Chief Executive candidate and former chief secretary for administration Carrie Lam Cheng Yuet-ngor steps out of her campaign office at the Convention Plaza in Wan Chai. (Edmond Tang / China Daily)

Q: You are viewed as the most experienced of the three candidates, and most trusted by the central government. That presents both advantages and challenges. How do you handle the ties with the central government and dealing with political opposition locally?

A: Well, first of all, I feel very honored if the Central People’s Government has trust and faith in me, but I just want to make it very clear that that sort of trust in a Chief Executive candidate or in a public official in the Hong Kong SAR Government is built on very solid foundation.

It’s not because they particularly favor me or because I am a woman that they felt they wanted to trust me or they wanted to have me as the next Chief Executive. But anyone who looks at my working history, especially my position as chief secretary for administration, which is the No 2 in the Hong Kong SAR Government, would realize that I have very solid experience working with the Central People’s Government and also with the provincial governments.

For 20 months in the current-term SAR government, I led a task force to work on the constitutional development. In those discussions, I worked with the Central People’s Government and other relevant authorities. In those interactions, they would know what sort of person I am, and the core values I have and how I have fully reflected the view of Hong Kong people.

At the provincial level, within the Hong Kong SAR Government, I was the chief secretary, chairman of a steering committee to oversee the cooperation between Hong Kong and various parts of the Central People’s Government, as well as the provincial authorities.

For example, together with the mayor of Shenzhen, we co-chaired cooperation meetings. Together with the vice-governor of Fujian, we co-chaired another cooperation platform between Hong Kong and Fujian.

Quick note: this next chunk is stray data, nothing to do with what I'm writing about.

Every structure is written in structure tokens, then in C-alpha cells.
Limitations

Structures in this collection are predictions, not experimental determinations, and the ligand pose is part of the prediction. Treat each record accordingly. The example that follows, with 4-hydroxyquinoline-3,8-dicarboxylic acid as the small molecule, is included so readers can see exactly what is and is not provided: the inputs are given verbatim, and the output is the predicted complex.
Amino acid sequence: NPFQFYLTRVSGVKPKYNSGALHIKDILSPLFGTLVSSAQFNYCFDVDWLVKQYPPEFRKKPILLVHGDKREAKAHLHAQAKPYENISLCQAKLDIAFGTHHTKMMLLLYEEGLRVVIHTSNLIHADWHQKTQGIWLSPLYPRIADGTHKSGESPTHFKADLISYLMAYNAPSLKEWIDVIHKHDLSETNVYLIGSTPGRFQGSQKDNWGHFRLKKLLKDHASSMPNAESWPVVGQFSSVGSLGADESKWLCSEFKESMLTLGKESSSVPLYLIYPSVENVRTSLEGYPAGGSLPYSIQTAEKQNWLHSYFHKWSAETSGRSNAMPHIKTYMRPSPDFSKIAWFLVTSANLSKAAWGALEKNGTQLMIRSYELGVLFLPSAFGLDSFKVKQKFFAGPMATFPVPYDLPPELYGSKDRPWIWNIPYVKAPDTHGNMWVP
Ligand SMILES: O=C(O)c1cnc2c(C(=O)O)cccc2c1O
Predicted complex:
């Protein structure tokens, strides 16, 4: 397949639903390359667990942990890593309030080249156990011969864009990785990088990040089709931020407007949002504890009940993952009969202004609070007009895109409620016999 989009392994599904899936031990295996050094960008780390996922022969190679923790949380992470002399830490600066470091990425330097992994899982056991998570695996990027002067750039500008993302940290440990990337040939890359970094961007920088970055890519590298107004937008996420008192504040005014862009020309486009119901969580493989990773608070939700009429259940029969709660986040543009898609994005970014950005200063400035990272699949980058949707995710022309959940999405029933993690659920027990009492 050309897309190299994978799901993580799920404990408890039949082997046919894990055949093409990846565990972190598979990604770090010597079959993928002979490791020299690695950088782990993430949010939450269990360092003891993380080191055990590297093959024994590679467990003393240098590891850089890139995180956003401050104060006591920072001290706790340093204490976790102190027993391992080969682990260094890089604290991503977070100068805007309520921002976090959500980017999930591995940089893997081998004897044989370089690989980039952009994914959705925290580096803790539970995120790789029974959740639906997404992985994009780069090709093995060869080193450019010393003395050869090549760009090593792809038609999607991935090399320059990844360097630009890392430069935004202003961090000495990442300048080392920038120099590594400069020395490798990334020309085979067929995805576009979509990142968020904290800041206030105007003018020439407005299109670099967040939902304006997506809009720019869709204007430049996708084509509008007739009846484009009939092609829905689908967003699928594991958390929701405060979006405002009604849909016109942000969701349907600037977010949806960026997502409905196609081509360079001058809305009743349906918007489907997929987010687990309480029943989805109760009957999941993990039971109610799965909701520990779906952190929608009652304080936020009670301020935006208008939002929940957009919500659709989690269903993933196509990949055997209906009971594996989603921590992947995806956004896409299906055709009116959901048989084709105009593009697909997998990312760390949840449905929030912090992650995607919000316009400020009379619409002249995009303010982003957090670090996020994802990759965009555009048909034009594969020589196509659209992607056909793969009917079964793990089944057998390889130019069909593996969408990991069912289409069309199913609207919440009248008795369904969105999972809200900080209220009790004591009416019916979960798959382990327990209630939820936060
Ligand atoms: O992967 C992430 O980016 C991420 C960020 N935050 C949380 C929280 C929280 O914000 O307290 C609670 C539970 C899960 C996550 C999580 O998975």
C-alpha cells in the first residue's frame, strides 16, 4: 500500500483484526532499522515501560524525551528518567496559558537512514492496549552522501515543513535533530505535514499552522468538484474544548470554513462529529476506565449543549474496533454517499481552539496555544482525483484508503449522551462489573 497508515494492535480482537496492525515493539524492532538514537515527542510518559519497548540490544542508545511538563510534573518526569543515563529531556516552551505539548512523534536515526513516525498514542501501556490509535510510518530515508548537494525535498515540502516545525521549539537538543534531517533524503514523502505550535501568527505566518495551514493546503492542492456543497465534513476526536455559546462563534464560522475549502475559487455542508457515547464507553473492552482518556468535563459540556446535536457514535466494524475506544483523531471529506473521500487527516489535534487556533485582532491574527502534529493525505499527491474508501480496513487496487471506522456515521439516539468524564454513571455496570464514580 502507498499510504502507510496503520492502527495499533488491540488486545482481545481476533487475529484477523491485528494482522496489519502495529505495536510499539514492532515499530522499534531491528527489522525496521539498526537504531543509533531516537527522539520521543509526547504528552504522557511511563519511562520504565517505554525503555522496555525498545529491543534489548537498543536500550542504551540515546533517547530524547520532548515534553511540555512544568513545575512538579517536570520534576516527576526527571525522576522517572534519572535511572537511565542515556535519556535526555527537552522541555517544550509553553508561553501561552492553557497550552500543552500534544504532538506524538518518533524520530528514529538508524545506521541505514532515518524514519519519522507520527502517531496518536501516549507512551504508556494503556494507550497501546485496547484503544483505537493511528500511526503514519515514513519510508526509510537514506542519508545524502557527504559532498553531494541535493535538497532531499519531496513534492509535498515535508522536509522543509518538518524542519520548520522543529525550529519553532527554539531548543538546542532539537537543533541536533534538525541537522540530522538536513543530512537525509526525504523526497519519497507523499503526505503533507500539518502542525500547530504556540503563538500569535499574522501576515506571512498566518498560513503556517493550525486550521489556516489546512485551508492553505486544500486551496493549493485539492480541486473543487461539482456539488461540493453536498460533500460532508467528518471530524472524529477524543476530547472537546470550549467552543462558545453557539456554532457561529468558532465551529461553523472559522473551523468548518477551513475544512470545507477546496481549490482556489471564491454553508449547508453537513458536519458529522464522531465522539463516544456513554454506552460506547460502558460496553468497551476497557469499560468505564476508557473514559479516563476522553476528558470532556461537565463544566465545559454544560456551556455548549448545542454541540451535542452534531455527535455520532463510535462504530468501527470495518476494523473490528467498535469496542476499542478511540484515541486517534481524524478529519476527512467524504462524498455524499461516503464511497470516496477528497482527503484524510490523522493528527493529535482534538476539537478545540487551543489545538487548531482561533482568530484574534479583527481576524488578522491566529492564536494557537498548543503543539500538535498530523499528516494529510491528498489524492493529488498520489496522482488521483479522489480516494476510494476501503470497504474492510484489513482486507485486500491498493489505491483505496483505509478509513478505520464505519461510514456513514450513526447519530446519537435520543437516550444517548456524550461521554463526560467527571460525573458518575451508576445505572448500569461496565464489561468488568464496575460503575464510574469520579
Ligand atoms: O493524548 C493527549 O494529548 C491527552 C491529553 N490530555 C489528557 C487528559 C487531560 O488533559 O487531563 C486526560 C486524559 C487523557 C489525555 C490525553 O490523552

And for the eight years in the Hong Kong SAR Government’s reconstruction projects in various part of Sichuan after the 2008 major earthquake in Wenchuan, I was the person in charge both when I was the secretary for development and when I was the chief secretary for administration, working with the Sichuan government.

So it was not just a very subjective preference for a person. That sort of trust and faith is, in my view, built on very solid foundation.

Q: How are you preparing your campaign?

A:  I have gone to each and every Election Committee (EC) sub-sector, even when that sub-sector is pre-dominated, or wholly owned, by the “pan-democratic” EC members. And in those conversations, I got the feeling that they are receptive to what I have shared with them in terms of my philosophy, in terms of what I said I would do in my manifesto.

The majority of the 300-plus “pan-democratic” members, I believe, won their seats in the Election Committee based on the political platform. But when I went to have a two-hour discussion with them, not every sub-sector talked about political issues. They talked about issues of concern to the sector. They talked about education, health, medical issues, social welfare and so on. And that’s why I could compile this manifesto responding to those issues.

For example,“pan-democratic” members from the allied health services sub-sector reflected their concerns to me. One concern is some of the allied health professionals like clinical psychologists, speech therapists and dietitians still do not have a statutory registration system in Hong Kong.

If a profession doesn’t have a statutory registration system, it is very difficult to raise your professional standards, because you would not be able to differentiate who is the genuine clinical psychologist that is well-trained and accredited, and who is not. I heard that concern. So in my manifesto, I said that if I were elected the next Chief Executive, I would bring in statutory registration systems for those allied health professionals. There are quite a number of such examples in my manifesto.

Attentive ear, caring heart
Chief Executive candidate Carrie Lam  Cheng Yuet-ngor (center) joins supporters when unveiling her campaign slogan ‘We Connect’ at a rally at the Hong Kong Convention and Exhibition Centre in Wan Chai on Feb 3.  (Edmond Tang / China Daily)